- Amanda Warren as Denise
- Kathryn Newton as Angela Hayes
- Samara Weaving as Penelope
- Clarke Peters as Chief Abercrombie
- Brendan Sexton III as Crop-Haired Guy
While traveling through the Southern United States in around 1998, Martin McDonagh came across a couple of accusatory billboards about an unsolved crime, which he described as “raging and painful and tragic” alleging the murder of a woman in Vidor, Texas. The billboards highlighted the incompetence of police work and deeply affected McDonagh; he said that the image “stayed in my mind […] kept gnawing at me” and presumed that they were put up by the victim’s mother.[a] This incident, combined with his desire to create strong female characters, inspired him to write the story for Three Billboards Outside Ebbing, Missouri. McDonagh discussed the creative process, saying that it took him about ten years to “[decide] that it was a mother who had taken these things out. It all became fiction […] based on a couple of actual billboards”.
Casting and filming
The character of Mildred was written with Frances McDormand in mind, and likewise the character of Dixon was written specifically for Sam Rockwell. McDormand initially felt that she was older than the character as it was written, and suggested that Mildred instead be Angela’s grandmother; McDonagh disagreed, feeling that it would change the story too much. McDormand’s husband Joel Coen persuaded her to take the part regardless. McDormand took inspiration for her character from John Wayne; and Rockwell, wanting to make his character “the exact opposite” of Mildred, took inspiration for his character in part from Wayne’s co-star in The Man Who Shot Liberty Valance, Lee Marvin.
Principal photography began on May 2, 2016, in Sylva, North Carolina, and ran for 33 days. Allison Outdoor Advertising of Sylva built the actual billboards, which were put in a pasture near Black Mountain, North Carolina because that location was better. Most of the time the billboards were covered because people in the area found them upsetting. David Penix of Arden, North Carolina bought the billboards and used the wood for a roof in Douglas Lake in Tennessee, though the messages are no longer in order. Town Pump Tavern in Black Mountain, which had appeared in The World Made Straight, was used as a set and was closed for three days during filming. A pool table and booths were added. The bar’s actual sign appeared in the film.
The musical score was written by Carter Burwell, who had also supplied the score for McDonagh’s films In Bruges and Seven Psychopaths. As well as Burwell’s score, the film features songs by ABBA, Joan Baez, The Felice Brothers, the Four Tops, Monsters of Folk, and Townes Van Zandt.
Three Billboards Outside Ebbing, Missouri premiered in competition at the 74th Venice International Film Festival on September 4, 2017. It also had screenings at the 2017 Toronto International Film Festival, the 2017 San Sebastián International Film Festival (where it won the Audience Award), the BFI London Film Festival, and the 2017 Zurich Film Festival. It was also screened at the Mar del Plata International Film Festival.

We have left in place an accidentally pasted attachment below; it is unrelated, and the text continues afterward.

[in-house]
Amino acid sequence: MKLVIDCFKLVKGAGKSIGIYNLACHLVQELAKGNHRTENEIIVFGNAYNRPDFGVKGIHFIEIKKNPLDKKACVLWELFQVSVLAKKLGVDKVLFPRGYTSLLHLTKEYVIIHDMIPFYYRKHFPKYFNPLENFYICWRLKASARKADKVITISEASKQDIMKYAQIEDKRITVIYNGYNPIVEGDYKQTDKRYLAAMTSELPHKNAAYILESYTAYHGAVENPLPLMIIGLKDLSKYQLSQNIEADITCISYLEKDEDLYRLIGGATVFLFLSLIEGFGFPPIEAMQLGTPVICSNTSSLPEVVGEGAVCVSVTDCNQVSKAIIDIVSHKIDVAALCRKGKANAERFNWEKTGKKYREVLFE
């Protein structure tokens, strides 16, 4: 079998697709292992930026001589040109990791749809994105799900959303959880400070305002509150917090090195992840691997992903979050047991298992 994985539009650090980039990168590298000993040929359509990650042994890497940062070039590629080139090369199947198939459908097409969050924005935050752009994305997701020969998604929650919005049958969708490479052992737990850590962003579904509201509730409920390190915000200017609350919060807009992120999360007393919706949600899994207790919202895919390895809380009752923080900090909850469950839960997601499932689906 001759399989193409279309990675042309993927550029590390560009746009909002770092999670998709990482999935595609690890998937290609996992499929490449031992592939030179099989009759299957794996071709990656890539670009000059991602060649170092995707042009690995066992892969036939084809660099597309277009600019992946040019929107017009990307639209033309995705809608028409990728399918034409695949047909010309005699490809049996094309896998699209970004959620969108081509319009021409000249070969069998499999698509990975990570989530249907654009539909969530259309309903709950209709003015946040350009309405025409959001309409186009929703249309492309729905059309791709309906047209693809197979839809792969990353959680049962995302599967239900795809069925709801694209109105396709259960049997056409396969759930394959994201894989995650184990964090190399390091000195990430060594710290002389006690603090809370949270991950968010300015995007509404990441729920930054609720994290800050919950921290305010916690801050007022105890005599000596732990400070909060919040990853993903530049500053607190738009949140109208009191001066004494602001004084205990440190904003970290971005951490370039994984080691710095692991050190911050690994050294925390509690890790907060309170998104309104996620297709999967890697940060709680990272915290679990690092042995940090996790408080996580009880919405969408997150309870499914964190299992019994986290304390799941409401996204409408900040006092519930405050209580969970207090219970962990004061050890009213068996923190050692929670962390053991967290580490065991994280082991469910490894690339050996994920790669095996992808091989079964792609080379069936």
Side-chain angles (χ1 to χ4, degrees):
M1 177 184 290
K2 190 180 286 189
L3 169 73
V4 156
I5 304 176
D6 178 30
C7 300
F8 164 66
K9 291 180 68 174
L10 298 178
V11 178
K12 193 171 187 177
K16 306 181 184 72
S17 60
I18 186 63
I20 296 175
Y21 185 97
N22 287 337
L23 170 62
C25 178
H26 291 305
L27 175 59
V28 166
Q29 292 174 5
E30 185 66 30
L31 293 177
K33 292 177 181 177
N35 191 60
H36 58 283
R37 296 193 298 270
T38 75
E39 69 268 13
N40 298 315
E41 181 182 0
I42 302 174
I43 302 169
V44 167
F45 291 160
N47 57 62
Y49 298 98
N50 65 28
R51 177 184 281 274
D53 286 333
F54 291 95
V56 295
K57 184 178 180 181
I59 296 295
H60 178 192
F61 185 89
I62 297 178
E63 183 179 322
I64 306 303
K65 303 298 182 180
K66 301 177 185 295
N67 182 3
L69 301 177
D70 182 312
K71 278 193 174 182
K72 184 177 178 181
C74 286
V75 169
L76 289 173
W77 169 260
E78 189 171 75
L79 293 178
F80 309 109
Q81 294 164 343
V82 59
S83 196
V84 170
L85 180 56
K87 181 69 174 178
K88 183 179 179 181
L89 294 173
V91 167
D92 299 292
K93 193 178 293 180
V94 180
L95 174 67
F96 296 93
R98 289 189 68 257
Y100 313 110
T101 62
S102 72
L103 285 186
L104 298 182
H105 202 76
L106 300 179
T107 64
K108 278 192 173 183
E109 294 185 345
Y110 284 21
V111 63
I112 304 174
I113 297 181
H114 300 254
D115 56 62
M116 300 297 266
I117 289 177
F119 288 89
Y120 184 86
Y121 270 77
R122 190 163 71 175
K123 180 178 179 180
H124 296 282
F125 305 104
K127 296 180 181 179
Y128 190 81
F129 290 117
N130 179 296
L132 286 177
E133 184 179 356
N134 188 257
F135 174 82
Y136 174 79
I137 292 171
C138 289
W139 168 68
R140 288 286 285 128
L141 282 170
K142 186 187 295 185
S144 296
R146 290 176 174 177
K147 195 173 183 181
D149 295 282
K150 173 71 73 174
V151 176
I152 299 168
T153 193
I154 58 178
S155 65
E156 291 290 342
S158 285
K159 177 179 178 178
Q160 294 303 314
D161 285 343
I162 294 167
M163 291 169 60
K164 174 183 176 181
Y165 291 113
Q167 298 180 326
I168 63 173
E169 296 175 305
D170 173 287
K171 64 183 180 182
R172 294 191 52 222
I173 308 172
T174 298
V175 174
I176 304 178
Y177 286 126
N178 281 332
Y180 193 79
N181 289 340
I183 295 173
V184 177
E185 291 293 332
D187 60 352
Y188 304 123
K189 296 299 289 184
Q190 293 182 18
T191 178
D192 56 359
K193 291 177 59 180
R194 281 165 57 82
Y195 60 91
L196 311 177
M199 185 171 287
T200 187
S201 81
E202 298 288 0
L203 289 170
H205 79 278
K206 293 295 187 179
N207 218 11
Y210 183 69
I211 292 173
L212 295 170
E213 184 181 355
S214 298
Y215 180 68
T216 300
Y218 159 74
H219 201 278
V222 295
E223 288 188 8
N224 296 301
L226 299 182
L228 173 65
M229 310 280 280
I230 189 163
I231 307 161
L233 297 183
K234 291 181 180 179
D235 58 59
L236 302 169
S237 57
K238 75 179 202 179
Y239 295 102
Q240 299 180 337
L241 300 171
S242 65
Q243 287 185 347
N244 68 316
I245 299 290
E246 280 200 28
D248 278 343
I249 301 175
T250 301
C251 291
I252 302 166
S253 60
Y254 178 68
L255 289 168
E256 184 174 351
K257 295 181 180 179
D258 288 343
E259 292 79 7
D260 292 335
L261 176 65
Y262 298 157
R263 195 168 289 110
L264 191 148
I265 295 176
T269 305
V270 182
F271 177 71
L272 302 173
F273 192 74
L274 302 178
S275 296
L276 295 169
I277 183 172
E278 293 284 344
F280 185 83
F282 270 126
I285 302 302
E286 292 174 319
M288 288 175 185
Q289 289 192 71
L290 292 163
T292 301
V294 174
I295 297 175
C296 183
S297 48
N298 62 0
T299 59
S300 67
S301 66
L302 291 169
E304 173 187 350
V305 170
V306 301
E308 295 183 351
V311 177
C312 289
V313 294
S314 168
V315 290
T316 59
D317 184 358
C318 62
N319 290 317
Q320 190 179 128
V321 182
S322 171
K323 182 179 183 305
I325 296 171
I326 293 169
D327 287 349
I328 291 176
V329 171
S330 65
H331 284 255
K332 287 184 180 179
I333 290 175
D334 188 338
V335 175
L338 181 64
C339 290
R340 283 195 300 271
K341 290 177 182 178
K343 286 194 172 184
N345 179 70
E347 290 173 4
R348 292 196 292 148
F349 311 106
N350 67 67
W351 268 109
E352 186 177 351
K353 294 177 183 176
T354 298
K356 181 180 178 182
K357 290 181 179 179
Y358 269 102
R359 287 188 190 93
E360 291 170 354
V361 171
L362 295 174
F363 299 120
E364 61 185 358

In the United States, the film was released, by Fox Searchlight Pictures, on November 10, 2017, beginning with a limited release, before “going wide” on December 1. The film was released on 4K Ultra HD, Blu-ray and DVD on February 27, 2018. Six Shooter, McDonagh’s Academy Award-winning short film, is included as a bonus.
Three Billboards Outside Ebbing, Missouri grossed $54.5 million in the United States and Canada, and $104.1 million in other countries, for a worldwide total of $158.6 million.
In its limited opening weekend, the film made $322,168 from four theaters for a per-theater average of $80,542, the fourth best of 2017. The film made $1.1 million from 53 theaters in its second weekend and $4.4 million from 614 in its third, finishing a respective 9th and 10th at the box office. In the weekend following its four Golden Globe wins the film was added to 712 theaters (for a total of 1,022) and grossed $2.3 million, and increase of 226% from the previous week’s $706,188. The weekend of January 27, 2018, following the announcement of the film’s seven Oscar nominations, it made $3.6 million (an increase of 87% over the previous week’s $1.9 million), finishing 13th. The weekend of March 9–11, following its two Oscar wins, the film made $705,000, down 45% from the previous week’s $1.3 million.
On the review aggregator website Rotten Tomatoes, the film holds an approval rating of 92% based on 324 reviews, and an average rating of 8.5/10. The website’s critical consensus reads, “Three Billboards Outside Ebbing, Missouri deftly balances black comedy against searing drama – and draws unforgettable performances from its veteran cast along the way.” On Metacritic, which assigns a normalized rating to reviews, the film had a weighted average score of 88 out of 100, based on 50 critics, indicating “universal acclaim.” Audiences polled by CinemaScore gave the film an average grade of “A–” on an A+ to F scale.
Owen Gleiberman of Variety praised the film’s performances, stating “It’s Mildred’s glowering refusal to back down that defines her, and McDormand brilliantly spotlights the conflicted humanity beneath the stony façade,” and called Rockwell’s performance a “revelation.” Steve Pond, writing for TheWrap, praised McDonagh’s writing, calling it “Very funny, very violent and surprisingly moving.”